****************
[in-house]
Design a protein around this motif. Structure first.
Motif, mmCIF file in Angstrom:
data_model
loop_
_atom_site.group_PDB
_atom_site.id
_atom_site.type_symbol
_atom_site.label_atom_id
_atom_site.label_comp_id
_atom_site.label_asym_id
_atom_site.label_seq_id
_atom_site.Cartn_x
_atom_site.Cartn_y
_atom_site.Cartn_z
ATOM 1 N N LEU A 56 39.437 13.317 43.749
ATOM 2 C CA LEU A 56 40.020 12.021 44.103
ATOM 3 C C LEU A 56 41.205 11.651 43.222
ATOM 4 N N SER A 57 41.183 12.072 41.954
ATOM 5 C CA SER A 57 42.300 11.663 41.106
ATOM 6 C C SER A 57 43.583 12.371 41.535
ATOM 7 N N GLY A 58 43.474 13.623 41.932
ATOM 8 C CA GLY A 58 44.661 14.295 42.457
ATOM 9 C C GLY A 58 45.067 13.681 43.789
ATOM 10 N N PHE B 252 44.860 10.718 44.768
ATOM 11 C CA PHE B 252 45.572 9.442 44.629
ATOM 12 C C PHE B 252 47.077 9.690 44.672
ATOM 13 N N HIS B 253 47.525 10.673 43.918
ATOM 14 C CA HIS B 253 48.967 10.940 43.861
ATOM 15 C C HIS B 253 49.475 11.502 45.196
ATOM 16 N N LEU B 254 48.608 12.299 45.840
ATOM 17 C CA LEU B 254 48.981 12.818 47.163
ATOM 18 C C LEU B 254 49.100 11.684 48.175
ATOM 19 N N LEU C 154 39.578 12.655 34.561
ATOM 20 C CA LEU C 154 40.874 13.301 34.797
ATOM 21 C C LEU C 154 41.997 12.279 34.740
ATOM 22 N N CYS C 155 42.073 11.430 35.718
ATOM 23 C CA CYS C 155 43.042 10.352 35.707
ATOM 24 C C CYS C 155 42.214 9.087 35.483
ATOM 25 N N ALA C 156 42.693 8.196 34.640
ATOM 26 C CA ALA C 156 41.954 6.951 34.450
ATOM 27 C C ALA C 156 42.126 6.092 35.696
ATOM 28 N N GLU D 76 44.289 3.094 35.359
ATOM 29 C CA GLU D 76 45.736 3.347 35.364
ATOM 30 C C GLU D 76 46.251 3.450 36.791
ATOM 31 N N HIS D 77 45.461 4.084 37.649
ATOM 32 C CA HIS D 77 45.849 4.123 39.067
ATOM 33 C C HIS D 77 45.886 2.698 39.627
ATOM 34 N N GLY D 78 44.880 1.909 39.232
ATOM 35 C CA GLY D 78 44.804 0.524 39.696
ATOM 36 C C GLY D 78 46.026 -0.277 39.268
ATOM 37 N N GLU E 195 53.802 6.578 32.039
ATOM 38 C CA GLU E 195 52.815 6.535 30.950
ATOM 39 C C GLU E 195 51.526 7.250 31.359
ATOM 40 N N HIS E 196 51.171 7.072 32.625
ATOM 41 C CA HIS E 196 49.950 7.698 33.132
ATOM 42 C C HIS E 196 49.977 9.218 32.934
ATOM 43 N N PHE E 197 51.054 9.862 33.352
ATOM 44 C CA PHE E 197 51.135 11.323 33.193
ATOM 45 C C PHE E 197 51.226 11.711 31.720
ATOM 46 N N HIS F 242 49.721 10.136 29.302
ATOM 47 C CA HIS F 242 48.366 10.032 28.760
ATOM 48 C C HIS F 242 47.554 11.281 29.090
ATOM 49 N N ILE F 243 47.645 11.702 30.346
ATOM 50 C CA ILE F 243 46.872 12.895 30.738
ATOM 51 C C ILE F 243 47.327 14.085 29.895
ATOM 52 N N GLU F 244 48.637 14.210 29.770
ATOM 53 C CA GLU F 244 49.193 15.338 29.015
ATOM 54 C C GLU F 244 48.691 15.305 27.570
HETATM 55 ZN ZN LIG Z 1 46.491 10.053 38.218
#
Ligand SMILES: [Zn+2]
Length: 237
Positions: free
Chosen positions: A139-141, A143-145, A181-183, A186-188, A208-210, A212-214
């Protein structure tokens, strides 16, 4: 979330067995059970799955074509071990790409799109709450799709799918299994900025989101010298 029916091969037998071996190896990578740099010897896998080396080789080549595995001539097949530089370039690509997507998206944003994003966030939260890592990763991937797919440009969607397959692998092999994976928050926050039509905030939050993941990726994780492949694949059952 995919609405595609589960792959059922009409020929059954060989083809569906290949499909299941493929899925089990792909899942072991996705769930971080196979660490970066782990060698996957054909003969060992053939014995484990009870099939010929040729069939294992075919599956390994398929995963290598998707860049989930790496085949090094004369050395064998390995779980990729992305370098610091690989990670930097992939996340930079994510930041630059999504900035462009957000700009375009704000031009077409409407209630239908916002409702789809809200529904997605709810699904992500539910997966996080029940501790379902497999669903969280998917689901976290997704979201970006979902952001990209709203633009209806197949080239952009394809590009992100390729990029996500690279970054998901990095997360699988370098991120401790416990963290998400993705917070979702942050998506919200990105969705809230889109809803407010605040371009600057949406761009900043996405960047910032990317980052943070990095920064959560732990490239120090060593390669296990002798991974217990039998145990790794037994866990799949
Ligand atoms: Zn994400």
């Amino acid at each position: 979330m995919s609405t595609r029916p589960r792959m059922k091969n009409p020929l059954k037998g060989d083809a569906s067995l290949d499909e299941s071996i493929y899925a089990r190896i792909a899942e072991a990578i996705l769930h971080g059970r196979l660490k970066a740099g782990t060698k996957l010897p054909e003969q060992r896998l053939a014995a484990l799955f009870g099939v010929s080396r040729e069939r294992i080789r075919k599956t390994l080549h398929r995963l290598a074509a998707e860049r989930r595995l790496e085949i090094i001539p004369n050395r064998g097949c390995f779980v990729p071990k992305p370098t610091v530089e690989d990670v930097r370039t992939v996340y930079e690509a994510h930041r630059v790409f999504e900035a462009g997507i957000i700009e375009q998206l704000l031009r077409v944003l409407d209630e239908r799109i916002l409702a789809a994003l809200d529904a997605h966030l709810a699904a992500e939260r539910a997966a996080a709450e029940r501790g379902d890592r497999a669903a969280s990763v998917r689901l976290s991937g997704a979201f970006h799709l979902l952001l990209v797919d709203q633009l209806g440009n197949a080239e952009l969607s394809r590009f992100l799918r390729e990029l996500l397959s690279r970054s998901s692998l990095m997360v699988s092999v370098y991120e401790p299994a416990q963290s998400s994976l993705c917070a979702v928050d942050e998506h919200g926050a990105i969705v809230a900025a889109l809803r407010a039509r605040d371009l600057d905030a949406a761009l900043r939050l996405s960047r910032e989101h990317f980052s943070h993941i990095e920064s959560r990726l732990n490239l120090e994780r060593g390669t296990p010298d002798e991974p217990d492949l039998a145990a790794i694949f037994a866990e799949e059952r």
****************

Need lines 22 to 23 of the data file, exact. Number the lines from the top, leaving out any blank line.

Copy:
ATOM 7 N N GLY A 58 43.474 13.623 41.932
ATOM 8 C CA GLY A 58 44.661 14.295 42.457